There were three major parts to my study. The first way that I approached this problem was conducting a survey. [Second, I conducted a lucid dream training pro-gram, and collected dream diaries. Third, I conducted four sleep studies in a lab. The survey] was comprised of two multiple choice questions along with the opportunity to share content about lucid dreams. I asked the children how often they recalled their regular, nonlucid dreams and their lucid dreams. The rate of recall could have been never, once a year, once a month, once a week, once a night, or not sure. I personally introduced the questionnaire to the children and defined lucid dreams to them as dreams where we know that we’re dreaming while we’re dreaming, and I would give them an example. I conducted the survey with 40 boys and 60 girls; there were 30 ten-year-olds, 45 eleven-year-olds, and 25 twelve-year-olds. . . .

[The lucid dream training program included] 12 girls and one brave boy. Of these, there were six ten-year-olds, five eleven-year-olds, and two twelve-year-olds. I ruled out children who had any kind of diagnosed emotional problem, any kind of cognitive deficit or learning disability and children who were on any kind of medications.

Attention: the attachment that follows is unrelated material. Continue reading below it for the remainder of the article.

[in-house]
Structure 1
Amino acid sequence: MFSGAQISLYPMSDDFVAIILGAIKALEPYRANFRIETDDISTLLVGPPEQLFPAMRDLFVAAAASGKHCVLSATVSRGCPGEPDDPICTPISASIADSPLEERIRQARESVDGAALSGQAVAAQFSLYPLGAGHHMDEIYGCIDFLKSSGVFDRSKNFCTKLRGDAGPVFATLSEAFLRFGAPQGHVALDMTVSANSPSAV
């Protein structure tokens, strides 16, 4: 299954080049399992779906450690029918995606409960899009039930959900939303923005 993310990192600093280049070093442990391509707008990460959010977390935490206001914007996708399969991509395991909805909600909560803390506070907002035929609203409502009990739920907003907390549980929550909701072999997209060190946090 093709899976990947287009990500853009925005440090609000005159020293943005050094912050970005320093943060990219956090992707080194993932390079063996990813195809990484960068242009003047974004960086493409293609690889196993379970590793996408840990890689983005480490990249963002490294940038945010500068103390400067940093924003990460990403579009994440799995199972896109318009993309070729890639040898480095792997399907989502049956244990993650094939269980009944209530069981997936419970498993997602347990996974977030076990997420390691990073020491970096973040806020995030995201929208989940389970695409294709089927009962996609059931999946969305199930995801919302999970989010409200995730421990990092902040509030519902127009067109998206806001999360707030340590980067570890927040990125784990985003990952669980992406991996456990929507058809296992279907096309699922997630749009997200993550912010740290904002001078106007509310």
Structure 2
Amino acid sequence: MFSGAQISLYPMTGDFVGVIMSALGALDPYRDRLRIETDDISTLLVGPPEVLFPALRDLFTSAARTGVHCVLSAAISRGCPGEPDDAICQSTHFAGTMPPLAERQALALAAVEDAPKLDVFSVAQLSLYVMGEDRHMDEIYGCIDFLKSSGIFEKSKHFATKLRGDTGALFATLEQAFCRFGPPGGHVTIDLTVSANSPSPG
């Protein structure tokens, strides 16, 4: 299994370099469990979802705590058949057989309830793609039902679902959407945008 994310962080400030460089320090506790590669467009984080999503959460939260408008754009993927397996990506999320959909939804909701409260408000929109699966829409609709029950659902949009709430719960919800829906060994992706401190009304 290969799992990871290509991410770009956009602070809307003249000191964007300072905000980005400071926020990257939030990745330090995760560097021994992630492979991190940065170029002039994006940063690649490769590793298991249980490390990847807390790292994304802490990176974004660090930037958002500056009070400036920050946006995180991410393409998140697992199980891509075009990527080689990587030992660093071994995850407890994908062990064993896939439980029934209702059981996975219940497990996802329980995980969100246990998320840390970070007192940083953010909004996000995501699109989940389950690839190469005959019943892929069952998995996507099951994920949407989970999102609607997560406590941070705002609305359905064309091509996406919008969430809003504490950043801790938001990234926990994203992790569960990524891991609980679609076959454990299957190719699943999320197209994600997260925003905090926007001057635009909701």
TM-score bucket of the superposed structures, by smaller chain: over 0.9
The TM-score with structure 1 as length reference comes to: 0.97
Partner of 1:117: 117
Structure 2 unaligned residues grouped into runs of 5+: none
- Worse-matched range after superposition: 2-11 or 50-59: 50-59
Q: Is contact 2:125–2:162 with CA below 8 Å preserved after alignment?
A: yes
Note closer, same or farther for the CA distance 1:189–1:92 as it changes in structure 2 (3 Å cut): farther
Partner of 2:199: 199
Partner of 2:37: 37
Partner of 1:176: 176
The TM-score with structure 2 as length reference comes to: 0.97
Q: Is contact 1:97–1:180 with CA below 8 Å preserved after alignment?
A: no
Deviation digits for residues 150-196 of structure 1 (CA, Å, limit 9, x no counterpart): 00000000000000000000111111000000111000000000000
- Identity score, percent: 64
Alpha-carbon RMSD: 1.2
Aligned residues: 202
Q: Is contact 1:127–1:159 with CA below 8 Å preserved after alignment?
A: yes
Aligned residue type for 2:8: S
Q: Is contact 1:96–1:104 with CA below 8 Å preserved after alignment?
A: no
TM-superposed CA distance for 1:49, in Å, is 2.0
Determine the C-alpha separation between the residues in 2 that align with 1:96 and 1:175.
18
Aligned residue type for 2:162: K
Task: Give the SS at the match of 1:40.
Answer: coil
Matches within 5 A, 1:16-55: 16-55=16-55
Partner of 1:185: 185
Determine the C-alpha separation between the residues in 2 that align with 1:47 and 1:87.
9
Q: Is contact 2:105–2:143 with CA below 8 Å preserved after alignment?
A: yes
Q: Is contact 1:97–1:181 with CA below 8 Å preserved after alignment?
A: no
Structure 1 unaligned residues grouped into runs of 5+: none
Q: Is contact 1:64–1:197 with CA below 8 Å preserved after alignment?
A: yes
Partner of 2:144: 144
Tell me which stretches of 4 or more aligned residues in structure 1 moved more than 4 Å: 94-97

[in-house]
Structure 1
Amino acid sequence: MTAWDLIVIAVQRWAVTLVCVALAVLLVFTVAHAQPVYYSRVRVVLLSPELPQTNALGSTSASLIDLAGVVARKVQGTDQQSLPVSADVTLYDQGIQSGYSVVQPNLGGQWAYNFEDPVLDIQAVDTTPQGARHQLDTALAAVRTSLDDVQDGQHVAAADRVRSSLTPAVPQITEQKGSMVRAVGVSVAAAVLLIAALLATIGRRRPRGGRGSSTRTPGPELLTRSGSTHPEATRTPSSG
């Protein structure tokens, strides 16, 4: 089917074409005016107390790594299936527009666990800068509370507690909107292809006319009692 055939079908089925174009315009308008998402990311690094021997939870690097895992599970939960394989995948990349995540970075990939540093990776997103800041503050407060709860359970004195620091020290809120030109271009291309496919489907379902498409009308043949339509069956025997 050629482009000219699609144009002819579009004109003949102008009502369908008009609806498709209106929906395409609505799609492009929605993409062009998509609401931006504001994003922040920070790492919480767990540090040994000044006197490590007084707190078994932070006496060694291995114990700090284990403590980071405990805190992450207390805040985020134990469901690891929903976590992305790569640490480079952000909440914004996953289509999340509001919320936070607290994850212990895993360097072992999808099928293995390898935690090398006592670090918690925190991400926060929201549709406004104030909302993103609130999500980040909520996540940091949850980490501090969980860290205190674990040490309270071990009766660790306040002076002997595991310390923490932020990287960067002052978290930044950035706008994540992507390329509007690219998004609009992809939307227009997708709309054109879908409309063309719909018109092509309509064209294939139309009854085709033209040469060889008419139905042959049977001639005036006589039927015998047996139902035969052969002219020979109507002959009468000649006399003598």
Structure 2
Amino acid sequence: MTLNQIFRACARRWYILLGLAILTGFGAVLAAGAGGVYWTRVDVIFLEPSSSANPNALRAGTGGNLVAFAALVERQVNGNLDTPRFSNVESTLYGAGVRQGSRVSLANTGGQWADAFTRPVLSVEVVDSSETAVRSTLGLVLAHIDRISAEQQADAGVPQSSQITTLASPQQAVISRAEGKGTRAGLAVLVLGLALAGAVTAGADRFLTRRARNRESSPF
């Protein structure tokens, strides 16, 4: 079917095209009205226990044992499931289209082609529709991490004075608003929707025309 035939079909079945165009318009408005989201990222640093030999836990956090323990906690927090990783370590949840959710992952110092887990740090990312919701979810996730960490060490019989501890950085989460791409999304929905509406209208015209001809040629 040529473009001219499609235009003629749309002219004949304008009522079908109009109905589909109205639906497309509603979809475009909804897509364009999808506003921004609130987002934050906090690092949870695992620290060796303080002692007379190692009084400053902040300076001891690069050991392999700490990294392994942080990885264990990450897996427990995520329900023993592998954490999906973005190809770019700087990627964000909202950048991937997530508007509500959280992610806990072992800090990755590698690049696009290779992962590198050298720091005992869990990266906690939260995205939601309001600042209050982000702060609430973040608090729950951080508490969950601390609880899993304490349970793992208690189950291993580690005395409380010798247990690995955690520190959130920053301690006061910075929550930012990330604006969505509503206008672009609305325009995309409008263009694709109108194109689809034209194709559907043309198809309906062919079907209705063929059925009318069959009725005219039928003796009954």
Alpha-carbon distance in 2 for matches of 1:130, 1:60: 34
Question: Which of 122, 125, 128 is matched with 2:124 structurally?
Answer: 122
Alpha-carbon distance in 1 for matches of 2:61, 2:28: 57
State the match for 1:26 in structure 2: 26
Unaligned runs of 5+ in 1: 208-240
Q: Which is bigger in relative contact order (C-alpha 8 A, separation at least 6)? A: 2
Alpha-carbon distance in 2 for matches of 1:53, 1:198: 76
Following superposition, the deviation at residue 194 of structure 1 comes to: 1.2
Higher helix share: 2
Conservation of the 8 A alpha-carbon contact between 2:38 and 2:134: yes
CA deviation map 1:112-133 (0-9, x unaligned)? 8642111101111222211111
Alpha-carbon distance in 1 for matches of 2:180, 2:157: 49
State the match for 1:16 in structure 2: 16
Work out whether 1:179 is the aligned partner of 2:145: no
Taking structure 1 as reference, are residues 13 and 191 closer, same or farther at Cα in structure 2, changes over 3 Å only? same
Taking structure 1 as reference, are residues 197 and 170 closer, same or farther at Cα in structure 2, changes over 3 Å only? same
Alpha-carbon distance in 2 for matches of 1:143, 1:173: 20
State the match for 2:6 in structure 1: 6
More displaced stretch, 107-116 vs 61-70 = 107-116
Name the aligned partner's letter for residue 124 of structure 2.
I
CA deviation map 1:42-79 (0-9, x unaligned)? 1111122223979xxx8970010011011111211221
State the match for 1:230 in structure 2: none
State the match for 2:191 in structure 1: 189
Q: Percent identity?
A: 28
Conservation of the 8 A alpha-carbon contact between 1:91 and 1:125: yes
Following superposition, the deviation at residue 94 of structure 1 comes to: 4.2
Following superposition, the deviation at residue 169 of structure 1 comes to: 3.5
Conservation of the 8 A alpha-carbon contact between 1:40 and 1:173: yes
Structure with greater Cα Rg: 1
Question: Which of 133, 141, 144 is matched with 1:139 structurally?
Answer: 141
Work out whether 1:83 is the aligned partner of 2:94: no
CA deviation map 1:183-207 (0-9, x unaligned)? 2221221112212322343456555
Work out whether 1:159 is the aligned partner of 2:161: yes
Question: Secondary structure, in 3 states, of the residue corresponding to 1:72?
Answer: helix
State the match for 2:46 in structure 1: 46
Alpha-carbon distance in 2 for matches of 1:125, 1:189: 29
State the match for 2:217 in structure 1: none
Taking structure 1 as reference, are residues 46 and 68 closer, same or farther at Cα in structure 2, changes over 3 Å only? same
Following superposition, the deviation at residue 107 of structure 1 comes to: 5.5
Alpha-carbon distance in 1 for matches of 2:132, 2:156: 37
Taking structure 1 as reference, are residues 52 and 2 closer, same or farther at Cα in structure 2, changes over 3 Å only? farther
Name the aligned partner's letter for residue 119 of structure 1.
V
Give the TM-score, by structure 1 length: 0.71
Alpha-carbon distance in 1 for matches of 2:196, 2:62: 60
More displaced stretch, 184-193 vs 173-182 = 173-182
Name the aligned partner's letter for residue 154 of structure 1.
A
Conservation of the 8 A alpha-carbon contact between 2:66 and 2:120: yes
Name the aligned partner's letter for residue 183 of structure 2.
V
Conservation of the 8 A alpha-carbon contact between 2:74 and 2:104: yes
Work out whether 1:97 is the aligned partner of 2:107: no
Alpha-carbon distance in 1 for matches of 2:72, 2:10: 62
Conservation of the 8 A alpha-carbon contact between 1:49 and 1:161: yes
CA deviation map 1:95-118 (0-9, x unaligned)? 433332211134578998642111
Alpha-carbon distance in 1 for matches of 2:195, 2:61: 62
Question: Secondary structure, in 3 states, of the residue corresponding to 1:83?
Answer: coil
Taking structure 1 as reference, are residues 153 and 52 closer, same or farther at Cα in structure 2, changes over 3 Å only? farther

I conducted the sessions weekly for six weeks; each session lasted an hour. I did everything and anything that I thought might help increase the skill of lucid dream-ing in order to validate it. There was an opening and sharing time each week. We talked about pleasant dreams or things that I hoped would elicit their trust in both me and each other, [to] increase group cohesion and enhance the effectiveness of the group. There was also an educational component to the group. We talked about how different cultures utilize lucid dreams and the history of awareness of lucid dreams. There was also a dream review or re-creating exercise, where I utilized expressive arts to help the children become more comfortable with their dream content; helped increase their dream recall, and helped them feel comfortable with having lucid dreams.

[In] this kind of exercise we would talk about a dream that they may have had and how they would change it, similar to Patricia Garfield’s redreaming exercise. We . . . [also] used all sorts of expressive arts. We used dramatic arts, clay, paint-ings, watercolors among others. I also had a relaxation portion of the training pro-gram where I took the children through a relaxation experience. I began with helping them feel comfortable with remembering their dream, being in their dreams, and fin-ally toward the last three weeks of the training program developing lucid dreaming.